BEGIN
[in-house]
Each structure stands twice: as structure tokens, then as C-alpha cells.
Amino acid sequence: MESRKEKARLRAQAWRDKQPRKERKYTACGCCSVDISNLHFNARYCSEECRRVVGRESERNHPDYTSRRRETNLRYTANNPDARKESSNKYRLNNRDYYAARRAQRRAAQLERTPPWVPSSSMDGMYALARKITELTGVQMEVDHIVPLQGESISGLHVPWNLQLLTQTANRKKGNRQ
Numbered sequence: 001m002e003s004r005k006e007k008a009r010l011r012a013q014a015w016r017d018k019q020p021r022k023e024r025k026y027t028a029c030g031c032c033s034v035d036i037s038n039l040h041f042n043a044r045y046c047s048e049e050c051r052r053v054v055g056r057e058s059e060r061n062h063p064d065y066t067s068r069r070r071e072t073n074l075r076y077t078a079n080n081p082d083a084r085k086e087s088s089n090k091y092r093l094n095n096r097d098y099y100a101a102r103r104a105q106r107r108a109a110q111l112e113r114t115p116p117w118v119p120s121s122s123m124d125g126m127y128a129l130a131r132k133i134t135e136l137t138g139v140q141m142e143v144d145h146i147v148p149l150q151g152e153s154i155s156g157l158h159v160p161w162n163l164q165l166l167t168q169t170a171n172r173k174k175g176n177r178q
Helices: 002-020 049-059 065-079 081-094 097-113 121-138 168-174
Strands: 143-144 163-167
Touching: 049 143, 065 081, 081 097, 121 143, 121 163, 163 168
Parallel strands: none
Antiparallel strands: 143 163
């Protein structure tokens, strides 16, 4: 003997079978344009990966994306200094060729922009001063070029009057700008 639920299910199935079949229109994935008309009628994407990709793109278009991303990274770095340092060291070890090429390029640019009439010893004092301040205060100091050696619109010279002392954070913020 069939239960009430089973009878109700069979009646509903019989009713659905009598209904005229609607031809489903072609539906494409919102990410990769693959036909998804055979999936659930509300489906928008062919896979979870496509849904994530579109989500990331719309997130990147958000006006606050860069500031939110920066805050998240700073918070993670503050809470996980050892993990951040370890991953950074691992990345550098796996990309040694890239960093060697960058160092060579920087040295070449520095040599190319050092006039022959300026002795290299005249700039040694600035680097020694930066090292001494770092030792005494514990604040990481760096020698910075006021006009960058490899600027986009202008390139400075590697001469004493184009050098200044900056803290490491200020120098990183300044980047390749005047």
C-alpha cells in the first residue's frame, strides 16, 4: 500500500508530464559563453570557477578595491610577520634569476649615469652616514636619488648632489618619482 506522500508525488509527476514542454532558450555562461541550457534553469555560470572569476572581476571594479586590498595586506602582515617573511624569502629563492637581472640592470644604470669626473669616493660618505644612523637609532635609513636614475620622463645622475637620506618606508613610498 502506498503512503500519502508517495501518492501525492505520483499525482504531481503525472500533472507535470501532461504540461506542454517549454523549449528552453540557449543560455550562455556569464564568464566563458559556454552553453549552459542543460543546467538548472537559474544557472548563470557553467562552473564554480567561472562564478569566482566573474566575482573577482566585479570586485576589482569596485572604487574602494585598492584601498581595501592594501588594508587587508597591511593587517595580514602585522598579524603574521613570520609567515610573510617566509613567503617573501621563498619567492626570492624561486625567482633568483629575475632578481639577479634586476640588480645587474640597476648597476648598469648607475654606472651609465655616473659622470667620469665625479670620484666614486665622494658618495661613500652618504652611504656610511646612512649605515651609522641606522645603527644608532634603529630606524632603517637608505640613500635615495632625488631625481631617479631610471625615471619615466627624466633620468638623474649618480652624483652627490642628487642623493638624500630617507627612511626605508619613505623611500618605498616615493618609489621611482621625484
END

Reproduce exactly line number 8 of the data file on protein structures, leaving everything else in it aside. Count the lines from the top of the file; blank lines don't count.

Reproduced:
Parallel strands: none